I think the MU2 is the absolute wrong airplane for an owner (or flight department) that has multiple pilots because one of the pilots is bound to be weak and will not be able to perform.  The MU2 pilot MUST be a strong aviator.  If you think you might only fly 100 hours per year or less, the MU2 is probably not your airplane.  If you are an elderly pilot with low total experience and you’ve noticed your skills and reaction times dwindling, don’t buy an MU2.  If you cannot commit to solid training and good study time to become very familiar, do not buy an MU2.  If you rotate out pilots every couple of years as they move on to bigger and better opportunities, use “fill-in” pilots for trips when your “primary pilot” is on vacation, or are a demanding owner that treats pilots poorly (and pays them poorly) and “can’t keep a good pilot around”, don’t buy an MU2.  Don’t buy an MU2 if you live “out in the boondocks” and have trouble attracting good pilots to your area.  This airplane is not for rookies.  Get the picture? I hope I’m not unclear…it is not for rookies!  Any airplane requires a good pilot to be safe…given…but the MU2 requires a pilot that actually wants to be good. The MU2 has humbled me many times, but I’ve also landed at minimums in a 17 kt crosswind on an unfamiliar runway.  In the hands of a caring, well-trained pilot, it’ll do exactly what you tell it to do.  If you don’t understand it, aren’t familiar, or are simply aloof, it’ll eat your lunch.

Now, after that long diatribe against the MU2, there is a place for the MU2 in the aviation world, I think the MU2 is a great airplane for the owner who has a trusted professional pilot and plans to keep that professional pilot for a long time.  It is also a great airplane for the owner-pilot who loves aviation, is devoted time to fly more than 100 hours per year, and takes personal pride in flying “by the numbers”.  If you live in a location where you can attract good pilot candidates, are driven by good efficiencies, and want a super airplane that will flat-out perform, the MU2 is an excellent choice!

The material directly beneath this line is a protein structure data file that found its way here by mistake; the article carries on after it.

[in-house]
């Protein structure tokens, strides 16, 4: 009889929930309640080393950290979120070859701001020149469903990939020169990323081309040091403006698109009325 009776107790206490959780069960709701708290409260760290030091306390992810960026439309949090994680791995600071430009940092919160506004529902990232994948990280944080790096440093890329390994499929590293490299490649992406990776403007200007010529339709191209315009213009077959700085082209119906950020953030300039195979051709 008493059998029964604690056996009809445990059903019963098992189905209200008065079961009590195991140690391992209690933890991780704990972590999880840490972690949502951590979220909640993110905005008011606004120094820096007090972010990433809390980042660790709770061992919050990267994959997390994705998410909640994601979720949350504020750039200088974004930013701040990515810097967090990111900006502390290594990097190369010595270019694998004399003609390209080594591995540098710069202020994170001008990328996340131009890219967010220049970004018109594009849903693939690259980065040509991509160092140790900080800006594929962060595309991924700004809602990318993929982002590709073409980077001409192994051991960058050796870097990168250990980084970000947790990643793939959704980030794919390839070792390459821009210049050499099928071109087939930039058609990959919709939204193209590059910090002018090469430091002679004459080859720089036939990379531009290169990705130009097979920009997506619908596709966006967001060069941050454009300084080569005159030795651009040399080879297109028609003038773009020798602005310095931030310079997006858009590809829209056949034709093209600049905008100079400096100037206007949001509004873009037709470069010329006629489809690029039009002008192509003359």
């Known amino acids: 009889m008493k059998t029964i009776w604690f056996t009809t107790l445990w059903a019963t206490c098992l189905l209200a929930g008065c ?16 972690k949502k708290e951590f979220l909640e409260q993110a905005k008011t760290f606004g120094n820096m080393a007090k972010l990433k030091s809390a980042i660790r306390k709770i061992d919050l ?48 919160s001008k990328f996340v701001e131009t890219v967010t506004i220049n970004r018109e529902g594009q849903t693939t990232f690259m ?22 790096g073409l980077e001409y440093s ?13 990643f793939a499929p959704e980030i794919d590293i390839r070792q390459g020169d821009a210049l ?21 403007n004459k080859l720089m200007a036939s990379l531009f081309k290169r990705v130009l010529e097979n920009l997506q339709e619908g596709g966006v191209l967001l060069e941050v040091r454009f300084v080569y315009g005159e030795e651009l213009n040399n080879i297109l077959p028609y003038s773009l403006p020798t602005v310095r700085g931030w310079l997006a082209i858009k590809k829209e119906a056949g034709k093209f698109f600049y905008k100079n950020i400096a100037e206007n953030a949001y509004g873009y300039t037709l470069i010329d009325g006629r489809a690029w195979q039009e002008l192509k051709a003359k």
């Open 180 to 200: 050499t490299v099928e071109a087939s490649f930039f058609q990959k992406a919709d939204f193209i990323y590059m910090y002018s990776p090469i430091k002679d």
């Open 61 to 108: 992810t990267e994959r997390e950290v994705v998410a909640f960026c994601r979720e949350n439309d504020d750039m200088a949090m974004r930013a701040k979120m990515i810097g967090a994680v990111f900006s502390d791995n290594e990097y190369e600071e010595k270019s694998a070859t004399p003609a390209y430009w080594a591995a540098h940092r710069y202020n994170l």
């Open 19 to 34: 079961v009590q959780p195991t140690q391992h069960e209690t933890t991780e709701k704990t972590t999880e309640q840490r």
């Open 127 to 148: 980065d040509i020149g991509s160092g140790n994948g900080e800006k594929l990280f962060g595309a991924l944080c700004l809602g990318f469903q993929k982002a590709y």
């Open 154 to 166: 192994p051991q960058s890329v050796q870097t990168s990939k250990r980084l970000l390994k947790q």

The King Air 200 has some of the best control harmony of all the airplanes I’ve flown. It is stable, easy to fly, climbs well, and has no “quirks”.  It is easy to fly.  Now, don’t get me wrong…the King Air will kill if flown by a bafoon, but it is far more tolerant of inexperience and ineptness.

Operating costs: Advantage MU2.  Anything with two Garrett engines will be cheaper to operate than anything with two P&W’s.  I know I just pissed off a lot of P&W lovers out there, but it is true. The Garrett has a 5,000 hour TBO and costs $250k to overhaul.  The P&W has a 3,600 hour (or even 3,000 hour!) TBO and costs $350k to overhaul.  It is just that simple.  A Hot Section Inspection (HSI) on either engine will run about $30-60k depending upon how hard the pilot flew the airplane, so the HSI is a wash.  Plus, the Garrett-powered airplanes go faster, so they effectively fly fewer hours for a given trip.  Nuff said, right? Nope, there’s more…

The MU2’s maintenance program is based upon an hourly schedule.  By this, I mean that there’s an inspection required every 100/200/500/600/1200/1800/2400/11,500/12,500/13,500 hours.  This sounds like a lot, and it is, but it’s nothing like the King Air.  The MU2 has a few “calendar” inspections, but very few.  The “maintenance run sheet” for an MU2 is about 2 pages long.  The “maintenance run sheet” for a King Air is about 5 pages long.  Why? The King Air has a bunch of hourly inspections and also a bunch of calendar inspections.  The King Air has a “Gear Inspection” every 6 years ($35k), “wing bolt replacements” ($12k), and a whole host of life-limited parts requiring replacement, enough to make a frugal owner want to choke.

Another consideration is fuel-burn.  In cruise the MU2 will burn about 75 gallons per hour, more in the first hour (for climb) and then less once cruise is achieved.  Since the altitudes an MU2 will fly is fairly narrow (18,000-24,000ft), the fuel burn is predicable.  The King Air will burn about 100 gallons per hour on average on the same trip.